Thin-lens perspective camera

This is the default camera mode, with many familiar settings from standard photography. For more information please see the parent Camera page.

Concrete House scene by Axel Ritter (Impulse Arts)
Concrete House scene by Axel Ritter (Impulse Arts)

Orthogonal/parallel projection camera

In this mode, there is no foreshortening due to perspective, i.e. objects far away appear the same size as those near to the camera. This is commonly used in architectural visualisation for building plans.

Please note that since there is no perspective in this camera mode, the sensor width needs to be very large in order to be able to image large objects; this can lead to somewhat implausible (though not unphysical!) circumstances in which you have building-sized sensors.

For more information please see the SkIndigo orthographic camera tutorial.

Garden Lobby scene by Tom Svilans (StompinTom)
Garden Lobby scene by Tom Svilans (StompinTom)

Spherical projection camera

The spherical projection camera renders a complete 360 degree view at once, which is useful for making environment map renders (for example to use as High Dynamic Range images for illuminating other scenes). It can also be used to render images for 360 degree panorama viewing applications.

Because spherical maps cover twice as many degrees in longitude as latitude, it is recommended to make your spherical renders with aspect ratio 2:1 in X and Y.

Weekend House scene by Axel Ritter (Impulse Arts)

Weekend House scene by Axel Ritter (Impulse Arts)

Indigo Manual > Rendering with Indigo > Camera

Tone mapping

Tone mapping changes the brightness and contrast of your image. It can be done at any stage during the render process. Changes to tone mapping will be applied immediately to the rendered image. Tone mapping is non-destructive, so you can play around with the different tone mapping settings without permanently effecting the rendered image. You may want to tone map your image using different settings, and press Save Image to save out several different images.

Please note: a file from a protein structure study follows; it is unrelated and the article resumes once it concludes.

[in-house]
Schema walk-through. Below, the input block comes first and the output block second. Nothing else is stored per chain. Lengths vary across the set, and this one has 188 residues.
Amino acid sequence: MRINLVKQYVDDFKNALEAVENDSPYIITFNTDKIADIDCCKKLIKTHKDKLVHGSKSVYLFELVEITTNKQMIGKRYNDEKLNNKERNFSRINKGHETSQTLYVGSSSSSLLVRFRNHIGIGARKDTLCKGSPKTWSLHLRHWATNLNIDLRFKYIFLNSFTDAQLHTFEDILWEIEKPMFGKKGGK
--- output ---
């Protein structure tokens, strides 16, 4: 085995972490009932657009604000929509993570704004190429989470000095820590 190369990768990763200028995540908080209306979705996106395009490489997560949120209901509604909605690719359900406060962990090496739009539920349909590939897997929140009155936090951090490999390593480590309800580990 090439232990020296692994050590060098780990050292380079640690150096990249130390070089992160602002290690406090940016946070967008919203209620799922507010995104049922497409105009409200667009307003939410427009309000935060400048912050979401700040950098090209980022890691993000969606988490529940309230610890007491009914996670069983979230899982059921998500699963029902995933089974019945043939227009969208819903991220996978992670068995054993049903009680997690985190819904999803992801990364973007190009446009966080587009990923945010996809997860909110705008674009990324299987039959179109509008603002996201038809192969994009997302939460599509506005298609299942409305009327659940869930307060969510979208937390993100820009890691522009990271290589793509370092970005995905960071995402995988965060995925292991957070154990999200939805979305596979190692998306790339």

How it works: Indigo creates a high dynamic range (HDR) image as it renders, and during the tone mapping process this will be converted to a low dynamic range red, green and blue image that can be displayed on your computer monitor. When subsequently saving the image, the user can choose to either save the tone mapped image in JPG, PNG, TIFF or EXR format. Indigo also supports saving of the un-tone mapped HDR image in EXR format for external tone mapping.

Tone mapping method comparisons

Indigo has four different tone mapping techniques that you can choose from: Reinhard, Linear, Camera and Filmic. Here are some comparisons of the different methods, and their strengths and weaknesses, using example scenes from Zalevskiy and Zom-B respectively.

Note how the Camera tone mapping method gives the image a more photographic look with higher contrast and a slight colour tint.

Reinhard is the simplest to use, but once mastered, camera tone mapping can give a nice artistic feel to the renders.

The Filmic tone mapper does a good job with achieving a bright look without burning out the whites.


The simplest tone mapping method, linear depends on just a single number. Every pixel in the HDR image will be multiplied by this number.